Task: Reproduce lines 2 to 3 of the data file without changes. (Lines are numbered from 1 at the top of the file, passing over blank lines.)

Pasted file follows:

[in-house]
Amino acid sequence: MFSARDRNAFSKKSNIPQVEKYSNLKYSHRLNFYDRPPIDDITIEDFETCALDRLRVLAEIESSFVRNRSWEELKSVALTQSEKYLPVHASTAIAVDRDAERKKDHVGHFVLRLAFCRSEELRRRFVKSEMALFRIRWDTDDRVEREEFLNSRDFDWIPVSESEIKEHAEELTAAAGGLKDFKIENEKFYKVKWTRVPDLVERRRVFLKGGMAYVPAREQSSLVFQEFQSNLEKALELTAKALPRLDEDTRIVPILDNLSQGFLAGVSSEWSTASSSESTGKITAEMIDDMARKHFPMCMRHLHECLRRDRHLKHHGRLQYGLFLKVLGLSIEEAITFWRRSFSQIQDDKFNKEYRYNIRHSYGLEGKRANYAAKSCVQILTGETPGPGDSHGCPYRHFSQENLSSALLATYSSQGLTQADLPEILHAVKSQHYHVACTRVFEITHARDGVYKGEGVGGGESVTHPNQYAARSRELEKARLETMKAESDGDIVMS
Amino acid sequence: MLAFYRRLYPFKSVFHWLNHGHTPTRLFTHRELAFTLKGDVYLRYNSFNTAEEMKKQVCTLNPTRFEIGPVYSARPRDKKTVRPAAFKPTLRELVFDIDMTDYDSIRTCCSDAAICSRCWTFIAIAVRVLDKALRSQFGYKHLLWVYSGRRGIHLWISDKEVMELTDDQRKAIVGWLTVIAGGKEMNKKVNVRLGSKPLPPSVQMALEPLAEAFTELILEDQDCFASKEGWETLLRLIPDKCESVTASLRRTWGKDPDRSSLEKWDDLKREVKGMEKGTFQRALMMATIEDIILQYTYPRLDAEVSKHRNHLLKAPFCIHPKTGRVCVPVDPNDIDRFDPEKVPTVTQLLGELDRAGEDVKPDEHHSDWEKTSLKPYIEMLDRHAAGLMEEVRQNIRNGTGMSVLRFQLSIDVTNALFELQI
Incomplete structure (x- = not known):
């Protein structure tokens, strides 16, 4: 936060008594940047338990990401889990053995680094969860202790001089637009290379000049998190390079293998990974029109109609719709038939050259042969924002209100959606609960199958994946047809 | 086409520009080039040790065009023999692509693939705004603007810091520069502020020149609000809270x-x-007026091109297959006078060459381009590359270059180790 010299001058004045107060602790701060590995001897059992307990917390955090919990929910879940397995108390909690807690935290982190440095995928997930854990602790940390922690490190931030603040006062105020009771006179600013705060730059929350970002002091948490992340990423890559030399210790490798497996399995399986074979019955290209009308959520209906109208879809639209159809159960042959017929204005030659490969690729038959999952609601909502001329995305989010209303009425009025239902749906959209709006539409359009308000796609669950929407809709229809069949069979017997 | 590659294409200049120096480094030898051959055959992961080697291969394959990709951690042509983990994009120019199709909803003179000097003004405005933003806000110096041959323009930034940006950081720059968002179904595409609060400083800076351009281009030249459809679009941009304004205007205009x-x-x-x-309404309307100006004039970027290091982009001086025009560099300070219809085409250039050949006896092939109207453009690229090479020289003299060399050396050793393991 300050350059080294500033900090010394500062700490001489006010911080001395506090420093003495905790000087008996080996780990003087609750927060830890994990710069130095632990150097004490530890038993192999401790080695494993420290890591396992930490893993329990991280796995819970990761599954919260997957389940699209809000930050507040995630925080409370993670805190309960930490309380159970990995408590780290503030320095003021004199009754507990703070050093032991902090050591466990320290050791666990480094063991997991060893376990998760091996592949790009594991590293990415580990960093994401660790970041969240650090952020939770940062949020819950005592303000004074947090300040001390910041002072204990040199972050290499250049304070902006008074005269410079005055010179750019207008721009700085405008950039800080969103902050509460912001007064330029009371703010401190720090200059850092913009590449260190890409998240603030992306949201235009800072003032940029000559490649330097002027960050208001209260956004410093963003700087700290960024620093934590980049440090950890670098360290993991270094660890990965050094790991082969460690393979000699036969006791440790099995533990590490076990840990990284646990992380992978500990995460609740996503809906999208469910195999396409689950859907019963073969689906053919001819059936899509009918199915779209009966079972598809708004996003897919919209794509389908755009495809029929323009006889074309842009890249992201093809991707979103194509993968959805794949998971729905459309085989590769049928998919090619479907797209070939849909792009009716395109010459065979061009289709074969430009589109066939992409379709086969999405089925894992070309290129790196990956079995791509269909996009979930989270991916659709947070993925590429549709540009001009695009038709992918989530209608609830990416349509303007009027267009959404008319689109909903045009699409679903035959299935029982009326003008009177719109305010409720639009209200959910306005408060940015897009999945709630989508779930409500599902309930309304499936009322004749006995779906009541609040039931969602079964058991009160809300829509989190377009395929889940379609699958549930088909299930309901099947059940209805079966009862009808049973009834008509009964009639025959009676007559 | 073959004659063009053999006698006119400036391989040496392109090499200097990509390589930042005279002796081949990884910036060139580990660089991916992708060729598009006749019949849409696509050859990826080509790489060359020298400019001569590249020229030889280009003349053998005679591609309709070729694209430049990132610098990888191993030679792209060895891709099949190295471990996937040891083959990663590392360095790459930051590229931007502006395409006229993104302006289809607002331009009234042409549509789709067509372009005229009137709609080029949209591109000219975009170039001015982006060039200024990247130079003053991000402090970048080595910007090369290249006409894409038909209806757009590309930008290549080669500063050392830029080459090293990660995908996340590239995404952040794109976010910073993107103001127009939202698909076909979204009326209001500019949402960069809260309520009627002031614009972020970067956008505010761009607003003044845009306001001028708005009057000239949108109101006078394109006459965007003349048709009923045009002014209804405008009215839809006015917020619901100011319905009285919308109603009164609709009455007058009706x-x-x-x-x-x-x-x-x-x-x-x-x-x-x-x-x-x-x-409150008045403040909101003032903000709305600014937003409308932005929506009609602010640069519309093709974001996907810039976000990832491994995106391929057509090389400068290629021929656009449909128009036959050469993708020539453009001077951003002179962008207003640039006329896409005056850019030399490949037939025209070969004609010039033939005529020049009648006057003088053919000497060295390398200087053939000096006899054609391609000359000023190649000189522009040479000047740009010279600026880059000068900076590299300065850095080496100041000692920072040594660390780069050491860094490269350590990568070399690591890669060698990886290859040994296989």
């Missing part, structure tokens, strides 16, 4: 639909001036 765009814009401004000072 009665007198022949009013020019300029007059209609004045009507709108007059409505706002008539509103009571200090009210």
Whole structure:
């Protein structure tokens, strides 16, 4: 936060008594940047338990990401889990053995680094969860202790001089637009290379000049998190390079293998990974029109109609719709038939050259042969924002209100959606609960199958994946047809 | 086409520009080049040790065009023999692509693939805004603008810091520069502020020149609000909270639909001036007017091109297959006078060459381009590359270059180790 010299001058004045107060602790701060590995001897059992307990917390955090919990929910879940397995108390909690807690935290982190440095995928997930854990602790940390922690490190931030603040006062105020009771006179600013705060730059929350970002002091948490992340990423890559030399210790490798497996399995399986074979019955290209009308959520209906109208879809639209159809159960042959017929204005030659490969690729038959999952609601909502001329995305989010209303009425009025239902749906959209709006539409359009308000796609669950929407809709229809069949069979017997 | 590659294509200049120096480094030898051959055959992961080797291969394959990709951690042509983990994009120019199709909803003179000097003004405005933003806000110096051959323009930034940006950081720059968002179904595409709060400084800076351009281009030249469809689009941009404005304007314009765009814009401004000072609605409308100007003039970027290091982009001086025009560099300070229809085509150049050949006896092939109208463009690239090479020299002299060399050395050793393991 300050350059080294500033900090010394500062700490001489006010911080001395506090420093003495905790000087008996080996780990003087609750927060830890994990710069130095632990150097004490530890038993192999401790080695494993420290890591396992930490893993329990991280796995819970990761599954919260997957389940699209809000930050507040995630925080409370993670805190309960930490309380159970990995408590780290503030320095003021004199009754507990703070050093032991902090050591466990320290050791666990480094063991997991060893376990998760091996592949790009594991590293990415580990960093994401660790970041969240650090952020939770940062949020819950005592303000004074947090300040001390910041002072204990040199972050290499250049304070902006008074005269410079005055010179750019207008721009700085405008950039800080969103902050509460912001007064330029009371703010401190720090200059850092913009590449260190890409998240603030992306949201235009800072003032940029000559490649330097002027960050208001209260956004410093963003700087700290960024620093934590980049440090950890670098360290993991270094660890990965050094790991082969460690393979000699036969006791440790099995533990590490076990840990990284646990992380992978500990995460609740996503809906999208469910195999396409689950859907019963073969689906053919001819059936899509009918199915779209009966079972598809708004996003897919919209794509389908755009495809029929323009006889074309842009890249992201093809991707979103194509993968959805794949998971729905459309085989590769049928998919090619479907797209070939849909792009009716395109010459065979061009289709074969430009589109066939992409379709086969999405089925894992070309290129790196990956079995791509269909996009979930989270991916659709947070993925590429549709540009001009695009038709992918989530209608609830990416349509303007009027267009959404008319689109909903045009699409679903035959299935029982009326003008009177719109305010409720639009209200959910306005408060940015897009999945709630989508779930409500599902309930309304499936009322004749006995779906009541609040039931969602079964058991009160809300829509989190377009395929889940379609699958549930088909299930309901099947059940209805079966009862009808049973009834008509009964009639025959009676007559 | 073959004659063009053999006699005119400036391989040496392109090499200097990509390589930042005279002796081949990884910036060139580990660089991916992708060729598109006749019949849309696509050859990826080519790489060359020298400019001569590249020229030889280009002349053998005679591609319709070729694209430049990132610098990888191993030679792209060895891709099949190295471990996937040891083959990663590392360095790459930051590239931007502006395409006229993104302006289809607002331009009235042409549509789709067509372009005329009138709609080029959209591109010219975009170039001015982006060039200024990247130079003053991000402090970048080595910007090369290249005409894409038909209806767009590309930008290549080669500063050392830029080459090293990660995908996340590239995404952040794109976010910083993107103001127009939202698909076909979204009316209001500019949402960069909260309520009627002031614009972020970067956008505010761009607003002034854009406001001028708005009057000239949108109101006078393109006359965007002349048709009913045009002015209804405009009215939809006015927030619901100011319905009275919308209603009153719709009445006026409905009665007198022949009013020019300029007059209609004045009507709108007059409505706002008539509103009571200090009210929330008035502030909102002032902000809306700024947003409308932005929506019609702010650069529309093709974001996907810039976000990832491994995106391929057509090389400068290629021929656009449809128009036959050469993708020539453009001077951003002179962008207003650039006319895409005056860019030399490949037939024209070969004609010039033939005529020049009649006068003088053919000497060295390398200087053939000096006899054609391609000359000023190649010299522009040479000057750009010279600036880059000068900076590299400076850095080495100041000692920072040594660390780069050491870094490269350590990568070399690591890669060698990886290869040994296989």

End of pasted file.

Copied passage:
Amino acid sequence: MFSARDRNAFSKKSNIPQVEKYSNLKYSHRLNFYDRPPIDDITIEDFETCALDRLRVLAEIESSFVRNRSWEELKSVALTQSEKYLPVHASTAIAVDRDAERKKDHVGHFVLRLAFCRSEELRRRFVKSEMALFRIRWDTDDRVEREEFLNSRDFDWIPVSESEIKEHAEELTAAAGGLKDFKIENEKFYKVKWTRVPDLVERRRVFLKGGMAYVPAREQSSLVFQEFQSNLEKALELTAKALPRLDEDTRIVPILDNLSQGFLAGVSSEWSTASSSESTGKITAEMIDDMARKHFPMCMRHLHECLRRDRHLKHHGRLQYGLFLKVLGLSIEEAITFWRRSFSQIQDDKFNKEYRYNIRHSYGLEGKRANYAAKSCVQILTGETPGPGDSHGCPYRHFSQENLSSALLATYSSQGLTQADLPEILHAVKSQHYHVACTRVFEITHARDGVYKGEGVGGGESVTHPNQYAARSRELEKARLETMKAESDGDIVMS
Amino acid sequence: MLAFYRRLYPFKSVFHWLNHGHTPTRLFTHRELAFTLKGDVYLRYNSFNTAEEMKKQVCTLNPTRFEIGPVYSARPRDKKTVRPAAFKPTLRELVFDIDMTDYDSIRTCCSDAAICSRCWTFIAIAVRVLDKALRSQFGYKHLLWVYSGRRGIHLWISDKEVMELTDDQRKAIVGWLTVIAGGKEMNKKVNVRLGSKPLPPSVQMALEPLAEAFTELILEDQDCFASKEGWETLLRLIPDKCESVTASLRRTWGKDPDRSSLEKWDDLKREVKGMEKGTFQRALMMATIEDIILQYTYPRLDAEVSKHRNHLLKAPFCIHPKTGRVCVPVDPNDIDRFDPEKVPTVTQLLGELDRAGEDVKPDEHHSDWEKTSLKPYIEMLDRHAAGLMEEVRQNIRNGTGMSVLRFQLSIDVTNALFELQI